"Exercise not only reduces the risk of a heart attack but protects the heart from injury if a cardiac arrest does occur,” reported The Daily Telegraph . It said that researchers have found that keeping fit helps the heart produce and store nitric oxide, which turns on chemical pathways that relax blood vessels and increase blood flow.
This research was mainly animal research, which looked at how heart attack damage is affected by whether mice have been exercising or not. Its findings suggest that nitric oxide, and other related proteins and chemicals, play a role. The researchers also found that the levels of a chemical made from nitric oxide in the body were higher in trained endurance athletes than non-trained individuals.
The link between exercise and a healthy heart has been demonstrated in previous studies. These findings go some way to helping us understand how one such heart benefit may work. Importantly, this study was predominantly in mice and so its findings would ideally be confirmed by further research in animals, human tissue and in humans if possible.
The study was carried out by researchers from Emory University School of Medicine in Atlanta, and other universities in the USA. Funding was provided by the American Diabetes Association, the National Heart Lung and Blood Institute of the National Institutes of Health, and the Carlyle Fraser Heart Center of Emory University Hospital. The study was published in the peer-reviewed journal Circulation Research .
This was mainly animal research aimed at investigating how exercise might protect the heart from injury. The researchers report that studies in humans have found that exercise is associated with improved survival after heart attacks, but it is not fully understood why. The researchers say that the chemical nitric oxide is thought to play a role. They wanted to assess this theory by looking at how exercise protected against heart injury in mice, and how this was related to various proteins and chemicals linked to nitric oxide production and metabolism.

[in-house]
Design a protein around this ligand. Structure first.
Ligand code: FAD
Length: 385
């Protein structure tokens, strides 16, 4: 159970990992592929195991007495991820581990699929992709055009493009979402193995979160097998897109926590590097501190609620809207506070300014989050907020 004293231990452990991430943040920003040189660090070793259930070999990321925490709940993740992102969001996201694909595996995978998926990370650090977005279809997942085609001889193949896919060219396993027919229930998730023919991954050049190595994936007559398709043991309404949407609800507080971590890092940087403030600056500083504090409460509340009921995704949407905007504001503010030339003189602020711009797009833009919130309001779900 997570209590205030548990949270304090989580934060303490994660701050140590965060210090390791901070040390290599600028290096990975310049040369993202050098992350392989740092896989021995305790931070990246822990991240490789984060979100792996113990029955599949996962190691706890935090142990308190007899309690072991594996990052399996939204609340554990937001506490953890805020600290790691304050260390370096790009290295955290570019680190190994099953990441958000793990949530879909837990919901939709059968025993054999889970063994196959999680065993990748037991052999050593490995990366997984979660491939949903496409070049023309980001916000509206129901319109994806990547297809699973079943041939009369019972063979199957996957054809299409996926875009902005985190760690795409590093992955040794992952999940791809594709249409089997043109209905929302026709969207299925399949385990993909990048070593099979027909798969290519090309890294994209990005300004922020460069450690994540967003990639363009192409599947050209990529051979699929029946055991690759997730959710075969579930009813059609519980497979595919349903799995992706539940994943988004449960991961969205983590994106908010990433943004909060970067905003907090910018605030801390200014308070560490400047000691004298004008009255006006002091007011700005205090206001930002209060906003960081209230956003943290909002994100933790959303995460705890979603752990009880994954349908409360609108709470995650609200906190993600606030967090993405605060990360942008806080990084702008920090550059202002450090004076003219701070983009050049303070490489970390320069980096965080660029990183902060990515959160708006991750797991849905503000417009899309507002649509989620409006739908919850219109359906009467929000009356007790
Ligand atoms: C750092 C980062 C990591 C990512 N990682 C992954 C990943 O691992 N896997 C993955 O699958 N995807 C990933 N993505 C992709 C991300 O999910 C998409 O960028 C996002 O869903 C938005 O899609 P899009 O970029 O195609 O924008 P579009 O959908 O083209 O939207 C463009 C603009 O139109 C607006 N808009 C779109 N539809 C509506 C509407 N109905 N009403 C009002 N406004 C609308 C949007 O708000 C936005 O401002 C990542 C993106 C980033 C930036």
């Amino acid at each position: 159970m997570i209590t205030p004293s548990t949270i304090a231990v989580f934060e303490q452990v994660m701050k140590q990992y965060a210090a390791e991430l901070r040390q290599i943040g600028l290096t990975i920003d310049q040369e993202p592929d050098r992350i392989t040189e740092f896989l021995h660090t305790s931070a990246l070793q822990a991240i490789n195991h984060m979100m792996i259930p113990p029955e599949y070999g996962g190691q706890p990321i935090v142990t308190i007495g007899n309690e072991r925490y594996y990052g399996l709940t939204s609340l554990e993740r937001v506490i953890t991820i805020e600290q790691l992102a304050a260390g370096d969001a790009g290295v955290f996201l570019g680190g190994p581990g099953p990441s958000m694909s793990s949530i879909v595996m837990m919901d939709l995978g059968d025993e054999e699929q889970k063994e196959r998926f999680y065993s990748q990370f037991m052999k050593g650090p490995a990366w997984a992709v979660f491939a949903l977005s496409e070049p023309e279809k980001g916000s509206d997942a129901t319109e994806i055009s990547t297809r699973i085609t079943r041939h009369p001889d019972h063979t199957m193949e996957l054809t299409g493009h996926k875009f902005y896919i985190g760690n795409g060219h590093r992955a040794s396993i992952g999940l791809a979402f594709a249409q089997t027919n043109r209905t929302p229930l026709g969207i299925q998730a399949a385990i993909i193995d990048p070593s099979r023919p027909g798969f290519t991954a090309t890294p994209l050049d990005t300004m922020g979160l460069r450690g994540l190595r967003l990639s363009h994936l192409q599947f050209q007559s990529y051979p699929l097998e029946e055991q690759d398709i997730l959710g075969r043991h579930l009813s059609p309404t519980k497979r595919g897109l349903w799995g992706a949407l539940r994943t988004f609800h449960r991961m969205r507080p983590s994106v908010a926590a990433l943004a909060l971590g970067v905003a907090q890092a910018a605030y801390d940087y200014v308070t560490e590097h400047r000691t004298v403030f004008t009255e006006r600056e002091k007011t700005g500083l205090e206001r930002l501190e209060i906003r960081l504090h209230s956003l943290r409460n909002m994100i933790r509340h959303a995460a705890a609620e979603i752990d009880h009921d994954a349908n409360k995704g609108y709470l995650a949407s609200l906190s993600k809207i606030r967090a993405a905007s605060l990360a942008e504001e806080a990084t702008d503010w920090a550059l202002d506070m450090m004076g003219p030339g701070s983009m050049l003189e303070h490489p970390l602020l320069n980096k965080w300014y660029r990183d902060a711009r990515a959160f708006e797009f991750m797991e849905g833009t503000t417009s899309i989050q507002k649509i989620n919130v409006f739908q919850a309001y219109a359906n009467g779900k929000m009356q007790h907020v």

Animal research is useful in identifying the biological and chemical pathways responsible for certain biological phenomena, as similar experiments could not be performed in humans.
In their experiments, the researchers placed mice in cages with a running wheel for up to four weeks, and monitored how far they ran each day. After this, the running wheel was removed from the cage. Different groups of these mice were then given a simulated heart attack either 24 hours, one week or four weeks after the wheel was removed. Other mice did not have an exercise wheel in their cages (the control group) and were kept in these cages for similar periods to the exercised mice before they were given a simulated heart attack. To simulate a heart attack, the researchers surgically cut off blood flow to a part of the mouse’s heart (similar to what happens in a human heart attack) for 45 minutes, before reversing the procedure. The mice were allowed to recover for 24 hours, after which the researchers examined their hearts to see how much damaged tissue there was.